Saturday 27 October 2018

Some crime fiction

The last week or two has been for reading from my ongoing series, ones I haven't touched for many months so it's been huge fun revisiting characters that feel like old friends.

First up, Hunter's Moon by Dana Stabenow - book nine of the author's Kate Shugak series.

Kate Shugak and her boyfriend, Jack, are acting as guides on a hunting expedition in the wilds of Alaska. Kate is an experienced guide. The hunters are a group of Germans from a German company that is in trouble financially in Europe. They're not a particularly pleasant group of men, plus one woman, and Kate has a bad feeling about them. This feeling is reinforced when one of their number is accidently shot dead. But was it an accident? I wasn't very enamoured of this one until about halfway through. The hunters were particularly obnoxious and I'm not great with situations where animals are killed for sport. But it really picked up later in the book and actually became rather exciting, plus, massive shock occurrence, *massive*, was not expecting that, so it got four stars on Goodreads instead of three.

Next, Black Diamond by Martin Walker, book three of the author's Bruno, Chief of Police series.

The Perigord region of France is famous for its truffles and large amounts of money change hands during the season in autumn and early winter. Bruno gets word that someone is interfering with the Perigord truffle when it's being sent off to restaurants in Paris and suchlike, inferior Chinese truffles being exchanged for the genuine article. One of Bruno's closest friends is found brutally murdered in the forest but is it to do with the truffle smuggling or his links to the French wars in Algeria and Vietnam? I quite like this series but in this book felt Bruno was bordering on too good to be true. But the plot concerning truffle shenanigans and tensions between the Vietnamese and Chinese communities in France was quite gripping and fascinating... I had no idea that the latter problems existed to be honest. Bruno's private life continues to be complicated but that's fine, the lovely details of life in Perigord continue to engage and I will definitely carry on with this series.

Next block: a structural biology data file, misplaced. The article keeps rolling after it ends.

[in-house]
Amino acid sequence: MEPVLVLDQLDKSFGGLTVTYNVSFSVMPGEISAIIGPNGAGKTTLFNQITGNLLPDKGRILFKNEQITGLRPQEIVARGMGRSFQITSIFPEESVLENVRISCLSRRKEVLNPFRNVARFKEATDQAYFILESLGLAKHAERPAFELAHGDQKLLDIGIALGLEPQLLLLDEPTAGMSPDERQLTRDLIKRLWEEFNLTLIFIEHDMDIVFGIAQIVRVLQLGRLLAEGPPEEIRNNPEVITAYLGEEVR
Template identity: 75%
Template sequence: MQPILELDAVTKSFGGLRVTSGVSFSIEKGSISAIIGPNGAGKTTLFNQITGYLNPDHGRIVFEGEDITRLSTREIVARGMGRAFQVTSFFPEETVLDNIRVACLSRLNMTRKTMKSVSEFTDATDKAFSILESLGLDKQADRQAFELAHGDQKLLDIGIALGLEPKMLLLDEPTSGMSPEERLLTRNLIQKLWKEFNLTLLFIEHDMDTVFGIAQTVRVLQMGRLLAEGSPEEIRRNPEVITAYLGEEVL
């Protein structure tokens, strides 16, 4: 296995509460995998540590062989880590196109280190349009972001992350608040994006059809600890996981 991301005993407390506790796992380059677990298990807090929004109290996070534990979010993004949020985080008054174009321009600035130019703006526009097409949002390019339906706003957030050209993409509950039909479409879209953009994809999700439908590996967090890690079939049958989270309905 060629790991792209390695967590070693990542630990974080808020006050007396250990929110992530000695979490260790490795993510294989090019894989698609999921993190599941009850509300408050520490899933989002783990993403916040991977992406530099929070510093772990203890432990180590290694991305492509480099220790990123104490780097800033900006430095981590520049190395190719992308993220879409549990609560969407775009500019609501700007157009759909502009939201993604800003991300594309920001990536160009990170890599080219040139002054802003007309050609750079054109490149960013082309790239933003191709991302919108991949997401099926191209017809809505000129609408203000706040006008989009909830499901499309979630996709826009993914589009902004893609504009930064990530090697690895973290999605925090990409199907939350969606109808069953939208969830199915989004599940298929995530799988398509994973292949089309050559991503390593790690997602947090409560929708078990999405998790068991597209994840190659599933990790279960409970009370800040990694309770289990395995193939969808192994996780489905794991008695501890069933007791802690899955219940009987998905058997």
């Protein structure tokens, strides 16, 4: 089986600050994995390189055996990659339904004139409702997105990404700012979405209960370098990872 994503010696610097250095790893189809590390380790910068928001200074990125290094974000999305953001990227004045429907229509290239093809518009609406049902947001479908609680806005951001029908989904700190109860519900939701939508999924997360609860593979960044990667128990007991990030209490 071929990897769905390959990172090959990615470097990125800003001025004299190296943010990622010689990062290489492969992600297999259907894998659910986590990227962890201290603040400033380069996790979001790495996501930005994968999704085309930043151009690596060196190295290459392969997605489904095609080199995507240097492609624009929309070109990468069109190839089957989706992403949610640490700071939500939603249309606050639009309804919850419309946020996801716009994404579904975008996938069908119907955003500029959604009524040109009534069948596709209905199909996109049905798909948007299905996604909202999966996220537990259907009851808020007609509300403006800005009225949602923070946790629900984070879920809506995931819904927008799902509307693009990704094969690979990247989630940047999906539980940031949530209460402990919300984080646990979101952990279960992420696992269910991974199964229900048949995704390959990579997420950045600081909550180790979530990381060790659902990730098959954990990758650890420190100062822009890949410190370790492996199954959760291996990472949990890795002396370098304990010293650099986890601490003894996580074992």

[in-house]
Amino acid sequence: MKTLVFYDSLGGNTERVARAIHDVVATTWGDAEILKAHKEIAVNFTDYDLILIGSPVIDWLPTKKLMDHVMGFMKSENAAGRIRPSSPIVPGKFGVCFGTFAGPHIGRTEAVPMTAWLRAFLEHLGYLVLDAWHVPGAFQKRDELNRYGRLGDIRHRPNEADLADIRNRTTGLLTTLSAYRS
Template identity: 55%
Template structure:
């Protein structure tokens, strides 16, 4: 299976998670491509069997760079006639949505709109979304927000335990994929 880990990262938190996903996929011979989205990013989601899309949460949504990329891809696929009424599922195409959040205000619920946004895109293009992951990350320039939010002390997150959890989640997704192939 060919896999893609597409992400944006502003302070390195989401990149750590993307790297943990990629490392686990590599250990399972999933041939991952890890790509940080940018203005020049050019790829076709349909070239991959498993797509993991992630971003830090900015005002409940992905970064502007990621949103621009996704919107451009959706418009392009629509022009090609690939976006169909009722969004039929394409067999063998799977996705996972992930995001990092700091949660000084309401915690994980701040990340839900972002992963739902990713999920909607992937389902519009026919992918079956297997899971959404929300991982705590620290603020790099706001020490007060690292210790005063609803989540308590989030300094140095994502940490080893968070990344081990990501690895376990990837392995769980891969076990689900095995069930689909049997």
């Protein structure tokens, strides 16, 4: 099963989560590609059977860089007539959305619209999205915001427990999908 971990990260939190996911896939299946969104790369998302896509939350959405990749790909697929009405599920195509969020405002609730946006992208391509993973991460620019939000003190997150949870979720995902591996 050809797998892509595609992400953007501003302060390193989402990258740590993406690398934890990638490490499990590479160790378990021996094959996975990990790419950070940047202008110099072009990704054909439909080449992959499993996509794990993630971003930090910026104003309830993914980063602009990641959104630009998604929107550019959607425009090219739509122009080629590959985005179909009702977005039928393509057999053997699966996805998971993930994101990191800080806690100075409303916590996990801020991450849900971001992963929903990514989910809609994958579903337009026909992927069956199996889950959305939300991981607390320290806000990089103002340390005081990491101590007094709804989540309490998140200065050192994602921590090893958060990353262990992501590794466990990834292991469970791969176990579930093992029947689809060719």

Lastly, A Trick of the Light by Louise Penny, book seven in her Armand Gamache series.

Clara Morrow has the first ever exhibition of her artwork in Montreal and Chief Inspector Armand Gamache goes to the vernissage with his wife and a couple of police colleagues. A BBQ party takes place in Three Pines, after the event, and a lot of people from the exhibition and village attend. The next morning the dead body of a woman is discovered in Clara and her husband Peter's garden. It's revealed that the dead woman is Lillian Dyson, a childhood friend of Clara's whom she fell out with in her early twenties. But Clara is not the only person who knew Lillian it seems. The dead woman had been an art critic, specialising in scathing reviews which ruined the careers of budding artists. Who among the guests at Clara's BBQ hated Lilian enough to kill her? Words can't express how much I like this series. It has improved with each book and reached a degree of excellence which many series never achieve. This one told me probably more than I thought I wanted to know about petty wars and alliances in the art community in Montreal. Whether this is true to life or not I don't know, but I suspect it's close... it's not at all my world but I was fascinated by it. And of course all the regular characters are so well drawn, all of them a mix of good and bad but growing and changing all the time. I particulary like the mad poet, Ruth, in Three Pines and her relationship with Jean-Guy Beauvoir. I feel like I haven't had enough of Three Pines to quell my thirst for it so have reserved book eight, The Beautiful Mystery, from the library... it's about a monastry in Quebec, can't wait.

It just occurred to me how much travelling I've done with these three books... Alaska, Perigord in France and then Quebec in Canada. And now I'm off to Switzerland!



DesLily said...

Wow, you are really rolling along! For reasons I don't even know I did not get into Louise Penny, when Carl and others did...